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Students Visit NCSA from Australia to work on Crops in Silico Project

Harry Guthrie and Edward Dann are joining the National Center for Supercomputing Applications (NCSA) at the University of Illinois at Urbana-Champaign for an eight-week internship sponsored by the Research Computing Centre (RCC) and the Monash Faculty of Information Technology in Australia, to work with the Crops in silico project (CIS).

Guthrie, an undergraduate student in the Department of Engineering, Architecture and Information Technology at the University of Queensland, and Dann, a student from Monash University are both working on projects that aim to build 3D computer models of crops and set in place colonies of virtual bee-agents to forage on their flowers. The ultimate aim will be to use the resulting models in simulations to test possible futures for insect behavior and crop pollination to ensure the growing world population’s demands on agriculture can be met, in light of climate change.

Crops in Silico co-director, Matt Turk calls this the start of an important collaboration. “We are very excited about this opportunity to build a wonderful collaboration with the University of Queensland and Monash University. We’ve (CIS) been working very hard to build collaborations at technology transfers, say, for example, use the same computer codes and sharing models that go into full-scale simulation.”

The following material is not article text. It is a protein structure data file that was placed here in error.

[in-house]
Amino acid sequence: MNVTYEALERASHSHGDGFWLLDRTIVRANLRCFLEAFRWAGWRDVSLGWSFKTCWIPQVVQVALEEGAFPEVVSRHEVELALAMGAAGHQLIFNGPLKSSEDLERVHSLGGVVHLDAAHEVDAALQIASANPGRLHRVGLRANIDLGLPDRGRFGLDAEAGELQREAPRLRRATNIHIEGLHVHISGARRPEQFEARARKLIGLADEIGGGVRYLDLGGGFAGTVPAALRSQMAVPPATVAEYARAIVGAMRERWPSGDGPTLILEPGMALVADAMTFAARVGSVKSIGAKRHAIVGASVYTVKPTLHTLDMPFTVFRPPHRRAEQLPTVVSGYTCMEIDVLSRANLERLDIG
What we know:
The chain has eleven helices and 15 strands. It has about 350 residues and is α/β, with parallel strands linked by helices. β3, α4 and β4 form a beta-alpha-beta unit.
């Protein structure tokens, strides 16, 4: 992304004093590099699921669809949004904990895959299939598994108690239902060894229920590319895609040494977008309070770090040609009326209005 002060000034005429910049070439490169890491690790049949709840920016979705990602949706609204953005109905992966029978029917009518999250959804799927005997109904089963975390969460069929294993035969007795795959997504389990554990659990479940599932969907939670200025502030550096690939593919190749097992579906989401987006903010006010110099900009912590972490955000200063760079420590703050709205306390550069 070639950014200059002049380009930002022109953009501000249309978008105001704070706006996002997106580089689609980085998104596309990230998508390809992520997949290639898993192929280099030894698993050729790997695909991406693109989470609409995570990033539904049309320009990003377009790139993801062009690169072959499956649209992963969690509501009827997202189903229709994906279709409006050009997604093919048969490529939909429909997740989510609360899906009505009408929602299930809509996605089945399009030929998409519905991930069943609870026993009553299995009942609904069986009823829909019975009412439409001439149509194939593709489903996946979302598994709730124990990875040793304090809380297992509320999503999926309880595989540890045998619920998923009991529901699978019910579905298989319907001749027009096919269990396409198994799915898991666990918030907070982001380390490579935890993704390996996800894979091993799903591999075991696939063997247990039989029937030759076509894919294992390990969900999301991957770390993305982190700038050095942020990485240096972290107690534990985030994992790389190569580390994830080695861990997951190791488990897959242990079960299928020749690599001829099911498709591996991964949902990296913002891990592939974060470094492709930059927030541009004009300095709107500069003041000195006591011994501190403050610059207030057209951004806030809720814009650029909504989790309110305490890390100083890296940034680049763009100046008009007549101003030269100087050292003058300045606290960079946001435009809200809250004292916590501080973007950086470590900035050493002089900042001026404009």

Guthrie, will be integrating plant modeling software on the Blue Waters supercomputer in a massively parallel system to run field scale simulations as opposed to individual plant scale; and Dann will be working on bee vision and behavior modules. This will incorporate virtual reality (VR) technology to investigate how bees make pollination decisions, and what researchers think bees might see, that can be integrated into the full CIS system.

“It’s been great working with Harry and Edward, and to learn about alternative approaches and needs. They are very sharp students and have been very eager to get involved. It has been an amazing opportunity to expand our work with them,” said Turk.

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